[0069] FIG. 5B shows simulated emission for a device having a hexagonal grating of a low coefficient material, the refractive index of which is 1.03. The width of the emitting regions is 5 μm, the width of the low-coefficient regions is 8 μm, and the electrode is a 100 nm thick layer of indium tin oxide. When using low-coefficient areas (horizontal hatching), the light output of the device increases, as shown, to 0.44. An organic LED device with an ideal microlens located on the working surface of the device (cross-hatching) generally has a light output of approximately 0.32, while the measured value for such a device is usually approximately 0.26. For a known device using organic LEDs (no hatching), the light output of the simulated device is approximately 0.17.

[0070] As can be seen in FIG. 5A, as the refractive index of the low-coefficient regions increases, more light passes into the glass medium and less into the air. In some cases, it may be useful to change the interface between the substrate and the air so that it is not parallel to the plane of the organic layer, thus causing an increase in the amount of light passing from the glass medium to the air. Thus, a low-coefficient region with configurations that increase the transition from the glass medium to the air can have a synergistic effect. Namely, a low-coefficient region can transfer light from an organic medium to a glass medium, and light in a glass medium, due to the configuration or structure of the substrate, can pass into the air. For example, the microlens sheet 610 shown in FIG. 6A may be positioned directly adjacent to the substrate, or the substrate may include a microlens or microlens. Other configurations can be used, for example, a hemispherical lens with a centimeter scale or a substrate having a roughened surface at the interface with the air. The substrate may also contain different materials, for example, materials with different refractive indices; it can also increase the amount of light in the glass medium passing into the air. As can be seen in FIG. 6B, a thin layer 620 of low coefficient material, such as airgel or Teflon, may also be located between the substrate 304 and the electrode 303. This layer can also direct more light, which would otherwise be in the glass medium, into the electrode or organic medium, where it ultimately falls into the low-coefficient region and becomes light in the glass medium.

[0071] Figs. 7 and 8 show the calculated fractions of light emitted by a device having the same basic structure as the device shown in Fig. 5B, depending on the viewing angle. 7 shows the fractions of the light emitted by a microlens device having a grating of a low-coefficient material with a refractive index n Low = 1.03 (cross-hatching), n Low = 1.2 (no hatching) and n Low = 1.29 ( solid shading). As you can see, the efficiency of the light output of the device can reach 0.60. Fig. 8 shows the fractions of light emitted by a prior art device using organic light emitting diodes (no hatching), a device using organic light emitting diodes with an ideal microlens (cross hatching) and an device using organic light emitting diodes with an ideal microlens and hexagonal grating made of a low-coefficient material with a refractive index n Low = 1.29 (solid shading).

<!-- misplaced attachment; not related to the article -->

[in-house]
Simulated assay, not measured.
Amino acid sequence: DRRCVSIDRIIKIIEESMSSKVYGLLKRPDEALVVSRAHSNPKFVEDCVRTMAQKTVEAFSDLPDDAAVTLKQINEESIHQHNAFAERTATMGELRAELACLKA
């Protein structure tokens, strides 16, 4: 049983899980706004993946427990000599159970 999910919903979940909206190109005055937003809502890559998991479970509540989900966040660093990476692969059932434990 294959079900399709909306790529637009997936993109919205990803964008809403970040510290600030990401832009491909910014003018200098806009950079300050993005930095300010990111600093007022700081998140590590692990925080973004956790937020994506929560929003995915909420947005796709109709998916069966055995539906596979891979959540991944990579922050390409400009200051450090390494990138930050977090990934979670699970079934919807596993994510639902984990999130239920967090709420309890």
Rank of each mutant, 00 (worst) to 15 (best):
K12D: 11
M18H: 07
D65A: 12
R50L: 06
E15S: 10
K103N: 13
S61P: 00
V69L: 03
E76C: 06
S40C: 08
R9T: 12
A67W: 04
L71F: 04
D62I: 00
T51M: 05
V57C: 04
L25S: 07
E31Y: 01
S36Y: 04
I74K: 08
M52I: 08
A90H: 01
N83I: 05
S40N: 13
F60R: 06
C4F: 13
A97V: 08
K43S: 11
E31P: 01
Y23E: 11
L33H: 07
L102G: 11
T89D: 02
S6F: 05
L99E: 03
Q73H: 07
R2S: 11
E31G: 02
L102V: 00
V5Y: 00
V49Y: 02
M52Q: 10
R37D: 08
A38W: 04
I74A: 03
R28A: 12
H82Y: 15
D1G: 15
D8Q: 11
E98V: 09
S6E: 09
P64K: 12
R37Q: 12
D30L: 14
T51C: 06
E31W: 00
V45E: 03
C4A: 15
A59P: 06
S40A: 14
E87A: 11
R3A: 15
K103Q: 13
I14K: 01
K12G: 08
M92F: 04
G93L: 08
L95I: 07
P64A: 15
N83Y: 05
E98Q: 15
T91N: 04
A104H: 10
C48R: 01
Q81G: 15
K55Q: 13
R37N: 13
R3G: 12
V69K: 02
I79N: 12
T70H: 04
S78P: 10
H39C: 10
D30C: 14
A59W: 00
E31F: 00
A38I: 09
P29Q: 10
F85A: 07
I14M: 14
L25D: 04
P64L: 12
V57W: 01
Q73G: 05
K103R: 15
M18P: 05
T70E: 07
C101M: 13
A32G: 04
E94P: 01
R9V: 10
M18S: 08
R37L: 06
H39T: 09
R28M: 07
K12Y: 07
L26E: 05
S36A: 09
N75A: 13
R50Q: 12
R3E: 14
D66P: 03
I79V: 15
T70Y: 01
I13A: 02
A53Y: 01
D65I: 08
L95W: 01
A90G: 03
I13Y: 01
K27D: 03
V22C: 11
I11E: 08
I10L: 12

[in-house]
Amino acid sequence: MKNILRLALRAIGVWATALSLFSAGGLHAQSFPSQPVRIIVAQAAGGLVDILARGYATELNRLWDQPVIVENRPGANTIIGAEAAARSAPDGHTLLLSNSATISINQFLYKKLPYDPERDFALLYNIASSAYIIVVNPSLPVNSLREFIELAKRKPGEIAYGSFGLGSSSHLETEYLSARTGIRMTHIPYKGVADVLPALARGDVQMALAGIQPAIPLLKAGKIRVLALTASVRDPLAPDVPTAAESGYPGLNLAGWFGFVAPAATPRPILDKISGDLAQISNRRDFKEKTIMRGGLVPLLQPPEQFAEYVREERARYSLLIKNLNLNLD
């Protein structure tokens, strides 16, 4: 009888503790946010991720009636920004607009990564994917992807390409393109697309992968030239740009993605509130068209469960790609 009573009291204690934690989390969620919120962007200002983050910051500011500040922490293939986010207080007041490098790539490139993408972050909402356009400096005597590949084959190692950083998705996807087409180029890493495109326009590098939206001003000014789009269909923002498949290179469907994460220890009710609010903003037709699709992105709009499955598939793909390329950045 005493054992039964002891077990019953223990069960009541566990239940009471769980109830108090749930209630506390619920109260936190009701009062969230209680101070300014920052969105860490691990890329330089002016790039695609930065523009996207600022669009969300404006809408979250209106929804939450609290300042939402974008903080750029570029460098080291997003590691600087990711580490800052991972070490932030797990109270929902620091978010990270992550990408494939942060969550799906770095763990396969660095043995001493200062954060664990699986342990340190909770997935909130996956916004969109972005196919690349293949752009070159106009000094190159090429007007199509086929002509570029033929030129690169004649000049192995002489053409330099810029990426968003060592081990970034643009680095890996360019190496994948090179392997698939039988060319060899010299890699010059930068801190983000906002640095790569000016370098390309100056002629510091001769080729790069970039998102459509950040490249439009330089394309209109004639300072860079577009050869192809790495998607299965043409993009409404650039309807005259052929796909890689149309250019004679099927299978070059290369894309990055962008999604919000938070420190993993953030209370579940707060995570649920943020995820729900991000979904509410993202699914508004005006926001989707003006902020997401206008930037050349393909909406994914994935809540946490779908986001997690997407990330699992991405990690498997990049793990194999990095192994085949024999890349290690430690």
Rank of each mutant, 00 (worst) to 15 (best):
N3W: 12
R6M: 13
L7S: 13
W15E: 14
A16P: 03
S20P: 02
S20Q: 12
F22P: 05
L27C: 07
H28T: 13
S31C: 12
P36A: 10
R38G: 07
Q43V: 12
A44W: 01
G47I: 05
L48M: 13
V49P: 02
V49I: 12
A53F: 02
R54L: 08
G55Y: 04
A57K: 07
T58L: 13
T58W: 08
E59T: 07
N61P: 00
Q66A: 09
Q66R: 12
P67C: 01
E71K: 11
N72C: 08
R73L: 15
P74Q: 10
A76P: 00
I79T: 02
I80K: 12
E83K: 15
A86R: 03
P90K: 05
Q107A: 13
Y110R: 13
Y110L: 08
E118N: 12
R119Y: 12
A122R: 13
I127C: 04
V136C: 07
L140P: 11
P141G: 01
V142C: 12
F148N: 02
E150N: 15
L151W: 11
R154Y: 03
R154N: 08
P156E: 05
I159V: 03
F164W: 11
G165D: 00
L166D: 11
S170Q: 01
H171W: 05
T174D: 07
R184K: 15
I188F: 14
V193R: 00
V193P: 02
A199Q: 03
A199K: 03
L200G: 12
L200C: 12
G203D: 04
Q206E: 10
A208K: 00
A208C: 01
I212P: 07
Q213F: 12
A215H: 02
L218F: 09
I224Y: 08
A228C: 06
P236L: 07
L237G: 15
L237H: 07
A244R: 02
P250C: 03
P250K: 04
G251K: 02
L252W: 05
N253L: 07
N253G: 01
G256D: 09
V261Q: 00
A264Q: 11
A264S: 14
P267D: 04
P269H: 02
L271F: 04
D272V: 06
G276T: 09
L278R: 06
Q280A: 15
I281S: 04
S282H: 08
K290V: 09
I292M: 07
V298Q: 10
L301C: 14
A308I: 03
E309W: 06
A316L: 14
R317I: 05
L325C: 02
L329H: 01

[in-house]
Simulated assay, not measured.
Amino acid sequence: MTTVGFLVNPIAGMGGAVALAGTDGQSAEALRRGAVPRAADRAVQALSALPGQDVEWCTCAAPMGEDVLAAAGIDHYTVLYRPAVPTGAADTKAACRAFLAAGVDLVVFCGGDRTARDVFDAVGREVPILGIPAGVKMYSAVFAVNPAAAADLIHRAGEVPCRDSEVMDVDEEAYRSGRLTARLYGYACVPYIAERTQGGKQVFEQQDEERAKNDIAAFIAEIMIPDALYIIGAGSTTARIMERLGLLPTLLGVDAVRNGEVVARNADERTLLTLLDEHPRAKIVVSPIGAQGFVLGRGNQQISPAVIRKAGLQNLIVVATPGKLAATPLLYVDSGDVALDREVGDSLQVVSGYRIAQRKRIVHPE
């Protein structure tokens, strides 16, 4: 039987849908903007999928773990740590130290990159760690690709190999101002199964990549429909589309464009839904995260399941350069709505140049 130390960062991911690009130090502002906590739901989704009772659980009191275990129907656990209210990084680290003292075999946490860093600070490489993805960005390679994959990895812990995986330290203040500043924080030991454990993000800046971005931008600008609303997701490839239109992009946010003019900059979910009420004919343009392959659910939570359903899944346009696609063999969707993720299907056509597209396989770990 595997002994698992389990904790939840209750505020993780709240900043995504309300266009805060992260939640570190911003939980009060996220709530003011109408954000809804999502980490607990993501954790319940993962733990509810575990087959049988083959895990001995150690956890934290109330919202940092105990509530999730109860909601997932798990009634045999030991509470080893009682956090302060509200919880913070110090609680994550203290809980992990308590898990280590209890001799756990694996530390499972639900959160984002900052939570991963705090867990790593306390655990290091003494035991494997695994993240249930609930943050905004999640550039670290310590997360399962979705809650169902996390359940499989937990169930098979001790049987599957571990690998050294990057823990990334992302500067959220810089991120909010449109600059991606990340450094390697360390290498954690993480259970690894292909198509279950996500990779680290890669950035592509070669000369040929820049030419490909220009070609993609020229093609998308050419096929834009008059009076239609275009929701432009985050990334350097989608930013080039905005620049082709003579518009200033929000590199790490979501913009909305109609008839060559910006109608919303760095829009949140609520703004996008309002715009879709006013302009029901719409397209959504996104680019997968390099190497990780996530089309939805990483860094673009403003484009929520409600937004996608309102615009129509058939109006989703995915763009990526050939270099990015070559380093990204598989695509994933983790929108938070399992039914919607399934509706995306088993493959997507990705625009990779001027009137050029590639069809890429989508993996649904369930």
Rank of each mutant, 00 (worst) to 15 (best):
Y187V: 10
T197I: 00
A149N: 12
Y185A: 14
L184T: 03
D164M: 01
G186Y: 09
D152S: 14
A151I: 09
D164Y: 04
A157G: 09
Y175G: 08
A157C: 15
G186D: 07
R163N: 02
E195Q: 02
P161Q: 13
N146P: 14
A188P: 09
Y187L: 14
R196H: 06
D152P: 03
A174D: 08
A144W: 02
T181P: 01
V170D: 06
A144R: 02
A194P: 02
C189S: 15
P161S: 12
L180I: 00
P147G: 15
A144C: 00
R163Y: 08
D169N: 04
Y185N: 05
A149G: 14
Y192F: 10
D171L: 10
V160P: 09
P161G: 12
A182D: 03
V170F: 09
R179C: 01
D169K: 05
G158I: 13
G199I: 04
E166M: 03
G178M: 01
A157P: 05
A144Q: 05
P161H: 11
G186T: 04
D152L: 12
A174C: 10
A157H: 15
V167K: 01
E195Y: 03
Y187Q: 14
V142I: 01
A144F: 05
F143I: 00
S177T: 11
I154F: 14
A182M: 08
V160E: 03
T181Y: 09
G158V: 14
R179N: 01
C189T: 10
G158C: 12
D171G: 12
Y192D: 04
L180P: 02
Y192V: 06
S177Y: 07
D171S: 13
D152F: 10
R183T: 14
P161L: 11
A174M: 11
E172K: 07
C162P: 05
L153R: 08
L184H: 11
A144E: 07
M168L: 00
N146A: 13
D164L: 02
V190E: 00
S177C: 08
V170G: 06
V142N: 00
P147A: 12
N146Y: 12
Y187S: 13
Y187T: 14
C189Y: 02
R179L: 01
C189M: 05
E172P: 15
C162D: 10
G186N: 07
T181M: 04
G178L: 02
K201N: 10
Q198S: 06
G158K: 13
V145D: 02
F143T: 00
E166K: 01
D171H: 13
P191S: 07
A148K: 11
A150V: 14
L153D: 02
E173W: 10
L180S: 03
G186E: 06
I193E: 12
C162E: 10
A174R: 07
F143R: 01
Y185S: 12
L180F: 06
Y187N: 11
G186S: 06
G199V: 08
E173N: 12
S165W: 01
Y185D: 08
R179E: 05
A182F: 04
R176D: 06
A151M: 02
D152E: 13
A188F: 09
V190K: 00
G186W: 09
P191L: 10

[0072] Figures 9 and 10 show the calculated fractions of the emitted light depending on the angle of radiation. This device has the same structure as described previously, as well as a thin layer of low-coefficient material introduced between the indium tin oxide electrode and the radiating material, and low-coefficient regions separating adjacent regions of the radiating material. Figure 9 shows the light emitted from a prior art organic light emitting diode device (no hatching) and an organic light emitting diode device with a hexagonal array of low coefficient material with a refractive index n Low = 1.2 and an introduced layer of Teflon AF material with a refractive index n Thin = 1.29 (cross-hatching). Figure 10 shows the radiation for a device having the same structure as the device shown in figure 9, but characterized in that it has a refractive index n Low of a low coefficient material equal to 1.29. The light output of the devices illustrated in FIGS. 9 and 10 may range from 0.32 (in the case when the low-coefficient material has a refractive index n Low = 1.29) to 0.34 (in the case when the low-coefficient material has a refractive index n Low = 1.2).

[0073] Mentioned a thin layer of low-coefficient material can serve to change the angular distribution of light in the substrate by reducing the amount of light that undergoes total internal reflection at the interface between the substrate and the air. 11 and 12 respectively illustrate the angular distribution of light in a glass substrate without a low coefficient layer and with a low coefficient layer of material with a refractive index of 1.29. Distribution patterns are shown for an organic LED device known in the art (1110, 1120) and organic LED devices with a low coefficient layer with a refractive index of 1.03 (1120, 1220), 1.02 (1130, 1230) and 1.3 (1130, 1230).